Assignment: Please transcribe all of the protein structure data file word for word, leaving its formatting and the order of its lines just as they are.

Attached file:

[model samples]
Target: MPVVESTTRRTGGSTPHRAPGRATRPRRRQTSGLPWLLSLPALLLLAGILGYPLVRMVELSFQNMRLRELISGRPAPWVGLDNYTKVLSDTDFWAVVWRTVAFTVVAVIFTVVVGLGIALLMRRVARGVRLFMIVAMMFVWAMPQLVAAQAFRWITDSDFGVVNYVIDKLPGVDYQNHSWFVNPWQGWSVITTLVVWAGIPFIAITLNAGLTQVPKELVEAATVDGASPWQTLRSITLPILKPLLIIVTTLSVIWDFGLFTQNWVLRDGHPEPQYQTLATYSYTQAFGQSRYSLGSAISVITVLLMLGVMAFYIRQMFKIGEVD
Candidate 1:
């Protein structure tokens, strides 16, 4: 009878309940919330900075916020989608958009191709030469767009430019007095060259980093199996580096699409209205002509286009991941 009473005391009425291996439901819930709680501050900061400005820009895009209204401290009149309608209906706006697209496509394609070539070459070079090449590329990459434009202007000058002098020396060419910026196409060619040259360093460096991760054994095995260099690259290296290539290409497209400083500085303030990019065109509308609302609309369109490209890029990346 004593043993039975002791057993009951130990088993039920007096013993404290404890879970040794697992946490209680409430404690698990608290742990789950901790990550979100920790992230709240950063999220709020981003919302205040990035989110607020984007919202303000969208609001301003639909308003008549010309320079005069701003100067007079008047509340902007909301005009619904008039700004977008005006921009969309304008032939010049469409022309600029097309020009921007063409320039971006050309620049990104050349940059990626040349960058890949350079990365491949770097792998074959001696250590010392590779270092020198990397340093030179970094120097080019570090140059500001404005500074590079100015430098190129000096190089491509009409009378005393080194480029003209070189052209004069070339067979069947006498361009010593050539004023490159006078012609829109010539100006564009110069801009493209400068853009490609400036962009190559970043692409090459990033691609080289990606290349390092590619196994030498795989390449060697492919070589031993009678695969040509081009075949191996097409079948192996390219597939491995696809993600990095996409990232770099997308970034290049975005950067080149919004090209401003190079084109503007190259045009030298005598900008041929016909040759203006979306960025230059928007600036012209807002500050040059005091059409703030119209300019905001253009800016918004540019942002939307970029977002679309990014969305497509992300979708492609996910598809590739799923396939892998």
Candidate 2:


[model samples]
Target: MPVVESTTRRTGGSTPHRAPGRATRPRRRQTSGLPWLLSLPALLLLAGILGYPLVRMVELSFQNMRLRELISGRPAPWVGLDNYTKVLSDTDFWAVVWRTVAFTVVAVIFTVVVGLGIALLMRRVARGVRLFMIVAMMFVWAMPQLVAAQAFRWITDSDFGVVNYVIDKLPGVDYQNHSWFVNPWQGWSVITTLVVWAGIPFIAITLNAGLTQVPKELVEAATVDGASPWQTLRSITLPILKPLLIIVTTLSVIWDFGLFTQNWVLRDGHPEPQYQTLATYSYTQAFGQSRYSLGSAISVITVLLMLGVMAFYIRQMFKIGEVD
Candidate 1:
């Protein structure tokens, strides 16, 4: 009878309940919330900075916020989608958009191709030469767009430019007095060259980093199996580096699409209205002509286009991941 009473005391009425291996439901819930709680501050900061400005820009895009209204401290009149309608209906706006697209496509394609070539070459070079090449590329990459434009202007000058002098020396060419910026196409060619040259360093460096991760054994095995260099690259290296290539290409497209400083500085303030990019065109509308609302609309369109490209890029990346 004593043993039975002791057993009951130990088993039920007096013993404290404890879970040794697992946490209680409430404690698990608290742990789950901790990550979100920790992230709240950063999220709020981003919302205040990035989110607020984007919202303000969208609001301003639909308003008549010309320079005069701003100067007079008047509340902007909301005009619904008039700004977008005006921009969309304008032939010049469409022309600029097309020009921007063409320039971006050309620049990104050349940059990626040349960058890949350079990365491949770097792998074959001696250590010392590779270092020198990397340093030179970094120097080019570090140059500001404005500074590079100015430098190129000096190089491509009409009378005393080194480029003209070189052209004069070339067979069947006498361009010593050539004023490159006078012609829109010539100006564009110069801009493209400068853009490609400036962009190559970043692409090459990033691609080289990606290349390092590619196994030498795989390449060697492919070589031993009678695969040509081009075949191996097409079948192996390219597939491995696809993600990095996409990232770099997308970034290049975005950067080149919004090209401003190079084109503007190259045009030298005598900008041929016909040759203006979306960025230059928007600036012209807002500050040059005091059409703030119209300019905001253009800016918004540019942002939307970029977002679309990014969305497509992300979708492609996910598809590739799923396939892998």
Candidate 2: